How does a film that opens with a naked French woman, and starring Idris (Luther) Elba be bad? Welcome to Bastille Day, the latest and limpest in the string of Die Hard rip-offs (White House Down, Olympus/London Has Fallen) that sees an effective contemporary premise get strangled by tropes and worn out plot devices.
An American pickpocket in Paris (not the title of this movie, although it could have been) becomes the prime suspect in a terror plot when he steals the bag of a “bomb mule” being used as a pawn to incite violence and riots between the burgeoning Muslim population and the far right “fascist” conservatives. The explosive result of the discarded bag is only the beginning; CIA Agent Briar (Elba) must find the thief and uncover the plot before France’s national celebration results in the riots that it commemorates.
Writer Andrew Baldwin taps into the zeitgeist, mining the tension present in contemporary France (particularly), that in this situation could be manipulated for all sorts of ‘black ops’ or criminal activities wanting to disguise other shady manoeuvres. All the better that the co-lead character is a pickpocket, whose art is sleight of hand. However, the characters adhere to a formula that has been well and truly flogged to death (will someone think about the HORSES?!?). Even with the short 90 minute running time you find yourself wishing you could trim scenes in your head that don’t really do anything for the characters or the story. Idris Elba’s introductory scene, the most egregious example, where he’s grilled for his ‘lack of respect for authority’ and not to ‘step over the line’ as this is his ‘last chance’. Please, a moratorium on all scenes like this again in any film. It’s been done. The final insult that caused this reviewer to laugh out loud and award the line (and I’m sure I’m paraphrasing) “that final hash tag will push them over the edge;” as the most 2016 line that any villain has ever said, in the history of 2016.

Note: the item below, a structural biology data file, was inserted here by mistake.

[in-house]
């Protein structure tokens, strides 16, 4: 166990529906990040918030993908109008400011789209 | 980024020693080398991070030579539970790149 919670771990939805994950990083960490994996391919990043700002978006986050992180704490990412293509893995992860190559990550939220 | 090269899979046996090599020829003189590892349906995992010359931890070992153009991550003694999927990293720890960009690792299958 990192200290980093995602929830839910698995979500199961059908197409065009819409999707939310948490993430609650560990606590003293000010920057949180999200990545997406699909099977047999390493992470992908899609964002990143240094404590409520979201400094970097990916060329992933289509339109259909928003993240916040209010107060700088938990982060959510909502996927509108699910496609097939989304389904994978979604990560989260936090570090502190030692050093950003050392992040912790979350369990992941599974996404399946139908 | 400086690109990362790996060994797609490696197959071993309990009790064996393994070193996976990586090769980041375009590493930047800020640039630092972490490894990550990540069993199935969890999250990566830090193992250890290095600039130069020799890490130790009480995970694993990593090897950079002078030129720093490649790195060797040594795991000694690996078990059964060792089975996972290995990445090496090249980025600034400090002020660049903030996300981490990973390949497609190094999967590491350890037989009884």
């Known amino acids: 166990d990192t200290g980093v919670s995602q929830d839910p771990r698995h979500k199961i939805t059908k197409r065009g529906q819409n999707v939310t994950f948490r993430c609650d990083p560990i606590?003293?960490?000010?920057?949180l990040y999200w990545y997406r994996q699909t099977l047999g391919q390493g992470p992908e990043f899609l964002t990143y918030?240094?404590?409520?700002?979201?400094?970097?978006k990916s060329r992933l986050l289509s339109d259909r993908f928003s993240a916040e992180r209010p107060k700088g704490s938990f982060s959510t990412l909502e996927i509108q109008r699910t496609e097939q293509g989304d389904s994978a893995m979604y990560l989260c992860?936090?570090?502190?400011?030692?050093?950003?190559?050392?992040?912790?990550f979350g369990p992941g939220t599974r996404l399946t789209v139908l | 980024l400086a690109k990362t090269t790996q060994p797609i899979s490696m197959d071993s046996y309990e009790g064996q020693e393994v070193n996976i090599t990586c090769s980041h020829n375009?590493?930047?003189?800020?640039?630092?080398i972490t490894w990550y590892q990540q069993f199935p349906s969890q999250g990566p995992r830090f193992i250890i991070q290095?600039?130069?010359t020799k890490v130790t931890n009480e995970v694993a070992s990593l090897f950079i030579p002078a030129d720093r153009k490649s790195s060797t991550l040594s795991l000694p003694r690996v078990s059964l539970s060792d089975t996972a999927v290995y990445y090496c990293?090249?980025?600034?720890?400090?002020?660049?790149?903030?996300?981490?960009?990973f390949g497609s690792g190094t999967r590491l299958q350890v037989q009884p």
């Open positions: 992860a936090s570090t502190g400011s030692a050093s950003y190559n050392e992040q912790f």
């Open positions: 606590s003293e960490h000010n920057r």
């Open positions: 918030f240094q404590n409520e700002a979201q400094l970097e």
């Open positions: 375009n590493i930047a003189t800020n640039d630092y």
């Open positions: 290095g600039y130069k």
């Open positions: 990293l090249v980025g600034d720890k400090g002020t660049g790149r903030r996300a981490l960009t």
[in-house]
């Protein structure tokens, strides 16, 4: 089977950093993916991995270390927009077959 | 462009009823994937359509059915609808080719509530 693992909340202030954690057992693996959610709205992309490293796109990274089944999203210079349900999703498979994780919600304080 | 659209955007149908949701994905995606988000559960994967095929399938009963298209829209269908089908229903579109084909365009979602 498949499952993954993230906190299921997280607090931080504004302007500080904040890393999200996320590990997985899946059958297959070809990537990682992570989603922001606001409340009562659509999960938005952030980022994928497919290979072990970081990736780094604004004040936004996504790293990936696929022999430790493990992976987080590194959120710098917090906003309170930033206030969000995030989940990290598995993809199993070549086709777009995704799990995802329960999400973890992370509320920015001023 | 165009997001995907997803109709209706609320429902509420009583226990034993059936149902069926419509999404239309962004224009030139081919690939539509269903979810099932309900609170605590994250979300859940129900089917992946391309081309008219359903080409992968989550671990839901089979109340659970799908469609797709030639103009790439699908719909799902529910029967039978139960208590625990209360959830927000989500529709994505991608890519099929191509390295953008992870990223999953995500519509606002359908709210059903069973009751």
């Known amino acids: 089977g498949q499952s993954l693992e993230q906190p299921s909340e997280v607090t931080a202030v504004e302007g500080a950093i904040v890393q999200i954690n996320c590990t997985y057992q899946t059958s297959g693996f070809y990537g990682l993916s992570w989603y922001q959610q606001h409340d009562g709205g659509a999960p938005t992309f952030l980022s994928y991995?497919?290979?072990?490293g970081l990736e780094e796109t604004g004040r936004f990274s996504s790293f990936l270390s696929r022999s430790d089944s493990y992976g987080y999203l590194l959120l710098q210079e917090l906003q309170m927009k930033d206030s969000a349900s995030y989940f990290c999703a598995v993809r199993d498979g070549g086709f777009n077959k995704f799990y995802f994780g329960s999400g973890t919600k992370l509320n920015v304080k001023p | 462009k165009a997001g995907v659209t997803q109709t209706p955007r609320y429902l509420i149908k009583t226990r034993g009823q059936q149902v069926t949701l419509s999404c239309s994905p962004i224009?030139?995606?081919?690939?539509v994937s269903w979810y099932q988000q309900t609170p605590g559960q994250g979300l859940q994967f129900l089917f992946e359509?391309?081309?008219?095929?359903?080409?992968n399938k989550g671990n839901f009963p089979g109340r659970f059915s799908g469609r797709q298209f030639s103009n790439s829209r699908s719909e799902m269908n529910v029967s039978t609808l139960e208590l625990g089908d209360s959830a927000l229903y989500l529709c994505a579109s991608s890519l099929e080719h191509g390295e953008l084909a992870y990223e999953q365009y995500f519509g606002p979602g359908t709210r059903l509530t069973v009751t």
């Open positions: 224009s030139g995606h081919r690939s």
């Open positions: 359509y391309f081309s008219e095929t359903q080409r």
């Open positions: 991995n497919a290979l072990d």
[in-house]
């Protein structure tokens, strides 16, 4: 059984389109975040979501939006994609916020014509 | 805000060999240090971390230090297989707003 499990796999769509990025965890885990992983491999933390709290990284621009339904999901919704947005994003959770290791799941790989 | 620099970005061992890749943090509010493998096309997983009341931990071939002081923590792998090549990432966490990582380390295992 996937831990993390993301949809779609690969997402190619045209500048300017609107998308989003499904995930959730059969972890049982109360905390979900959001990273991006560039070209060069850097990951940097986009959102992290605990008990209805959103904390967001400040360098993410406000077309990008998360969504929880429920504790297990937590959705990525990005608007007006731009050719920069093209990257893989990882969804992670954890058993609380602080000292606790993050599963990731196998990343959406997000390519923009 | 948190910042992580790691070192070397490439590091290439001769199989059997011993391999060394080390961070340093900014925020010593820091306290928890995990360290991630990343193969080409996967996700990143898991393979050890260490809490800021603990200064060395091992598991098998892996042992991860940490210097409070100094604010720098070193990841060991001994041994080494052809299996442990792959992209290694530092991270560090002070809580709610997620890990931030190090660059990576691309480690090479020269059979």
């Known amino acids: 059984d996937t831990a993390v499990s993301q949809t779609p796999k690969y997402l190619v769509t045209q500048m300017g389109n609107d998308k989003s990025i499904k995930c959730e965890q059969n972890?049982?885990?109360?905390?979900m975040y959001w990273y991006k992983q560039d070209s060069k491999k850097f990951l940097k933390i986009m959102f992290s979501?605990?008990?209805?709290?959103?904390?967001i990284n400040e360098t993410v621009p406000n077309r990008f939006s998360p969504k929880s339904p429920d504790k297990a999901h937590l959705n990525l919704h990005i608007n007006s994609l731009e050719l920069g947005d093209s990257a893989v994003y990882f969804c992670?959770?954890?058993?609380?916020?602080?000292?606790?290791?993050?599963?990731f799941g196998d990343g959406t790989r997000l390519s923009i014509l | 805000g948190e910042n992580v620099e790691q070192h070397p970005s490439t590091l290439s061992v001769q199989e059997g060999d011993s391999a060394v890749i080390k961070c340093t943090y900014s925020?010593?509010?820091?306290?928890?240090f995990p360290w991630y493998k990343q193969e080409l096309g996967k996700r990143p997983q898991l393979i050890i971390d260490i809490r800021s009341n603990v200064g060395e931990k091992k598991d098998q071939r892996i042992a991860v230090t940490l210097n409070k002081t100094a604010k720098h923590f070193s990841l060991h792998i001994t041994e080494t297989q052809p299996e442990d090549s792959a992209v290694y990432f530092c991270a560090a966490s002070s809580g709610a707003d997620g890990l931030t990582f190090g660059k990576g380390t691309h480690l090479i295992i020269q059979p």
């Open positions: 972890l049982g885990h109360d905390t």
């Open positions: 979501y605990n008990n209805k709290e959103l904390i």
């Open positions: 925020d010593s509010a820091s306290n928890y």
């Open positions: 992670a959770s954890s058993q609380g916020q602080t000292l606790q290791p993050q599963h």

Director James Watkins’ first film was the prodigious Woman in Black; whip smart, stylish genre storytelling. The style, the control and the performances in Bastille Day, resemble nothing of the Woman in Black.
You would never have known that Elba was a two time SAG award winning actor (in the same year no less) if Bastille Day was your first experience with the actor. The dialogue is impossible for him to elevate. The production values, especially in giving the performer the tools to be a convincing tactically trained operative are severely lacking. When the hulking Elba is stalking through the room he looks like Lurch nursing an assault rifle, there’s a significant problem. Elba should be lithe like a panther in the ilk of Val Kilmer in HEAT; hyper aware of spaces, coverage and exits. He’s a charmless beast, who feels about as ferocious as chihuahua wearing a body harness.
Madden has this strange quality of being able to exude confidence, power and charm and then completely shift it to this unworldly, juvenile fear. It’s such a huge attitude shift in the context of what’s happening that makes him unlikeable. In the beginning of the film, you get the sense that he’s at least going to attempt to be the whip-like wit that will offset Elba’s humourless Briar. He doesn’t; and their chemistry is bleached away with the middle distance focus on accents and striving for a spark.
None of the other actors matter, and they should. The French performers, especially our villains and their relatable (spoilers) cause dissolves because they’re given about as much attention as a James Bond Henchman. A large part of why Die Hard is timeless is a direct result of Hans Gruber (the wonderful Alan Rickman) being an amazing, engaging villain. None of the foes, in presence or stature feel like they’re up to the task of taking down Elba. They’ve got a cover for a bait and switch, their conspiracy is deeper than it looks and yet, there’s no tension.
Bastille Day reaches for the top of Nakatomi Plaza and takes a running swan dive out a window into the carpark.
Blake Howard – follow Blake on Twitter here: @blakeisbatman
Directed by: James Watkins
Written by: Andrew Baldwin
Starring: Idris Elba, Richard Madden, Charlotte Le Bon, Jose Garcia, and Kelly Reilly